When it is desired to measure the reduction in length of a specimen under a given stress, the test-piece is placed in the machine, as shown in the drawings. The micrometer-gages are then set at zero, and the adjusting-screws are raised until both gage-pins 21 contact withthe levers 22, which contact is shown by the ringing of the bell 29. The effect of compression is of course to raise the outer end of the reading of both gages, contact with the first gage is released after reading and contact made in like manner between the pin of the and that by means of the screws 12 of the lower block any desired adjustment, either of the Vernier-scales or of the micrometergages, may be made. It will also be seen that the micrometer-gages are so supported as to be removed from danger of injury, either in the placing or the breaking of the test specimen,
and yet so that the scales on their heads 31 may be conveniently read.
By the term compression-blocks wherever used I wish to be understood as includingany form of blocks adapted to be forced together by means of a testing-machine and to receive between them atest-piece the compre'ssion of which is to be measured.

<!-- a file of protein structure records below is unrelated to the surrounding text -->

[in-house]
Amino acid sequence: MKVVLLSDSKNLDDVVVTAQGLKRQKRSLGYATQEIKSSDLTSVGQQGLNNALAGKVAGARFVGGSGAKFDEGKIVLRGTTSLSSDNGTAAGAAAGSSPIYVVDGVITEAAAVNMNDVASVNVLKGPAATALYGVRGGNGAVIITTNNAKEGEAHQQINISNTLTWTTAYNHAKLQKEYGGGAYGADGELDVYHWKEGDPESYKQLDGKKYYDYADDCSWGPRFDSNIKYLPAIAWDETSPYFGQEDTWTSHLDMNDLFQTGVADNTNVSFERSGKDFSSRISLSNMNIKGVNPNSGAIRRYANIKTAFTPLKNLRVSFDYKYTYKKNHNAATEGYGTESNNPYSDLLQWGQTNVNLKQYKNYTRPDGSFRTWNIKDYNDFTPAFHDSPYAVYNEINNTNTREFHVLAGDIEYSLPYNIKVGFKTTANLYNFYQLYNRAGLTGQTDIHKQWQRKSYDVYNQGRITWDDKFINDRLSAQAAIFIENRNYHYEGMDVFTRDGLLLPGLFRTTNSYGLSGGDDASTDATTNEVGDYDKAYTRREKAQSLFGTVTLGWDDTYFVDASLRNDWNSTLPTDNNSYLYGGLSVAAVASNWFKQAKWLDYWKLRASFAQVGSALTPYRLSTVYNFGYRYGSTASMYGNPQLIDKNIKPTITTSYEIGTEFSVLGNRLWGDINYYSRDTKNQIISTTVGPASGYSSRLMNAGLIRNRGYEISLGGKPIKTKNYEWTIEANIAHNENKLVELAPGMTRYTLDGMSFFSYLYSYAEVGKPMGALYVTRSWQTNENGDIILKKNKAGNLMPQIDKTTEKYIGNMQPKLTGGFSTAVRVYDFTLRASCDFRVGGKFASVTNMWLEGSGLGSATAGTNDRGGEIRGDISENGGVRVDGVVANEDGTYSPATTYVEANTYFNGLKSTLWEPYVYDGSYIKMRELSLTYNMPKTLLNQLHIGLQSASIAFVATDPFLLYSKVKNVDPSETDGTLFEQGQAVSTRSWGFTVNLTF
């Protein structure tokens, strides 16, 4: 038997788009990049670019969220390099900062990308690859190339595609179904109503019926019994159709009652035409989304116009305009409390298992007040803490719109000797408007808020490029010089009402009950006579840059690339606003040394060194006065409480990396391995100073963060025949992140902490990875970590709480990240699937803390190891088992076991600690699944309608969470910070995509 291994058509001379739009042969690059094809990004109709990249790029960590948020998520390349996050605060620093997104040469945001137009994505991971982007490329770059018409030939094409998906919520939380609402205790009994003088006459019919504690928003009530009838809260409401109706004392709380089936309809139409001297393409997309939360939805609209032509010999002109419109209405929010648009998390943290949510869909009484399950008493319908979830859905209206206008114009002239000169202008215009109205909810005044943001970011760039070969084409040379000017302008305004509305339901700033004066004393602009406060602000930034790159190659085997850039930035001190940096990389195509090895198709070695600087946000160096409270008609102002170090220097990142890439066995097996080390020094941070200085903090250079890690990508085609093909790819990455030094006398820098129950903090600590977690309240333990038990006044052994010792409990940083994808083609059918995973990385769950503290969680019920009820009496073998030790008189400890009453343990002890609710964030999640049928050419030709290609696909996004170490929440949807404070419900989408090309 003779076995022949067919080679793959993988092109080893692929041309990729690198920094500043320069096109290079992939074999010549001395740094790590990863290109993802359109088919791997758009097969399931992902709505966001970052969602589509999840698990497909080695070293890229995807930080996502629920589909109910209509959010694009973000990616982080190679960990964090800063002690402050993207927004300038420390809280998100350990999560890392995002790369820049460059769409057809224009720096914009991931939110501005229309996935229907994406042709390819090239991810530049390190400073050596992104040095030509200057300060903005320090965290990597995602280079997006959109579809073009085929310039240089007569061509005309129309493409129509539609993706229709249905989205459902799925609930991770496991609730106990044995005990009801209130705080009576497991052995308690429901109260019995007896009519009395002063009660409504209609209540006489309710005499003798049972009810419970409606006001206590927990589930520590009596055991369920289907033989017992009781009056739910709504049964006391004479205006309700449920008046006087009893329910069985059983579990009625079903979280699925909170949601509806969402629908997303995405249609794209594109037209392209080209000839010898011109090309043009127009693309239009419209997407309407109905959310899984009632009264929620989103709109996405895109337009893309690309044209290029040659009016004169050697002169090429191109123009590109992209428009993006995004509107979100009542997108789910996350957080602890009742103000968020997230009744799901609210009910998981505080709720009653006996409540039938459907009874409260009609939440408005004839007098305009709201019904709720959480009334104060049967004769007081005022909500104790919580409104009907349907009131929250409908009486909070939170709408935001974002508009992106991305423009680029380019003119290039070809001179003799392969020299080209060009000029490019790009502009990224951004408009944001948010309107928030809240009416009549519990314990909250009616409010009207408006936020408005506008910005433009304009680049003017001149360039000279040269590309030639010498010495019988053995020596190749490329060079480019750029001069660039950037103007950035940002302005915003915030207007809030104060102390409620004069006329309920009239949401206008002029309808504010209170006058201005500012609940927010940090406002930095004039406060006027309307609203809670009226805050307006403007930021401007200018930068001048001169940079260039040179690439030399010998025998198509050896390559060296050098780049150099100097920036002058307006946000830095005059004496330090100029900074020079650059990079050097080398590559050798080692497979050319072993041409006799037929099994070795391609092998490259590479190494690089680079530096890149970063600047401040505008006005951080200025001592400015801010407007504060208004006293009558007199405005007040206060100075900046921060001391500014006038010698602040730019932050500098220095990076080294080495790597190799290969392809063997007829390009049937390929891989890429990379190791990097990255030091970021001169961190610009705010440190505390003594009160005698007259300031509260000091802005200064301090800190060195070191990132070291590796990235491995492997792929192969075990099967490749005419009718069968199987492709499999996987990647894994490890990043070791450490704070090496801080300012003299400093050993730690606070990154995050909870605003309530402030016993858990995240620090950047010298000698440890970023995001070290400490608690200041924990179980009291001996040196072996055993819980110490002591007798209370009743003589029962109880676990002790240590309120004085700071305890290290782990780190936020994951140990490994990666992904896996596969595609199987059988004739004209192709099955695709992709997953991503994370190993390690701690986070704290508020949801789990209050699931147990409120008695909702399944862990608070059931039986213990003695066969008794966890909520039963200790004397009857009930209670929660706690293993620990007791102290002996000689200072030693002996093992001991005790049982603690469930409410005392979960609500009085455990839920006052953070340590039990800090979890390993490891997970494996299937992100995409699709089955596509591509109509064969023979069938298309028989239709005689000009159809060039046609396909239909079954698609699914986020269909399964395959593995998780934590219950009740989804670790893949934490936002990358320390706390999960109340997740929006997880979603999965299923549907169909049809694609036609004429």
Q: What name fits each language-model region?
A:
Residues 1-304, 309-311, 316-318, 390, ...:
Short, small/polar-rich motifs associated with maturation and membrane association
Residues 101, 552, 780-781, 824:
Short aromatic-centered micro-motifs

Having thus described my invention, what I claim as new, and desire to secure by Letters Patent, is
1. A compressometer including compression-blocks adapted to receive between them a test-piece, a gage operatively connected to said compression-blocks to measure the reduction of distance between them and a portion on which one of said blocks bears, said portion and said block having the one a convex and the other a concave surface.
2. A compressometer including compression-blocks adapted to retain between them a test-piece, a gage and means in the faces of said blocks for supporting said gage between them.
3. A compressometer comprising compression-blocks adapted to retain between them a test-piece, a plurality of gages and means in the faces of said blocks for supporting said gages at opposite sides of and substantially equal distances from said test-piece.
4:. A compressometer including compression-blocks adapted to retain between them a vertically-disposed test-piece, a gage suspended from the upper of said blocks and adjustable means in the lower of said blocks bearing against said gage.
5. A compressometer comprising compression-blocks adapted to contain between them a test -piece, a gage supported between said blocks and an adjusting-screw in one of said blocks bearing against said gage whereby said gage may be brought to an initial zero.
6. In a compressometer, a gage comprising portions adapted to relative movement, a multiplyinglever operatively connected to said portions, contact-points connected to each of said portions and electrically insulated from each other, one of said contact-points being adjacent the end of said multiplying-lever, a
micrometer-screw for adjusting the position of the other of said contact-points and an electric circuit, the flow of current through which is alterable by the contact of said points.
WILLIAM J. TRETCH. Witnesses:
W. O. DU CoM'r, Jr., H. R. FIELIs.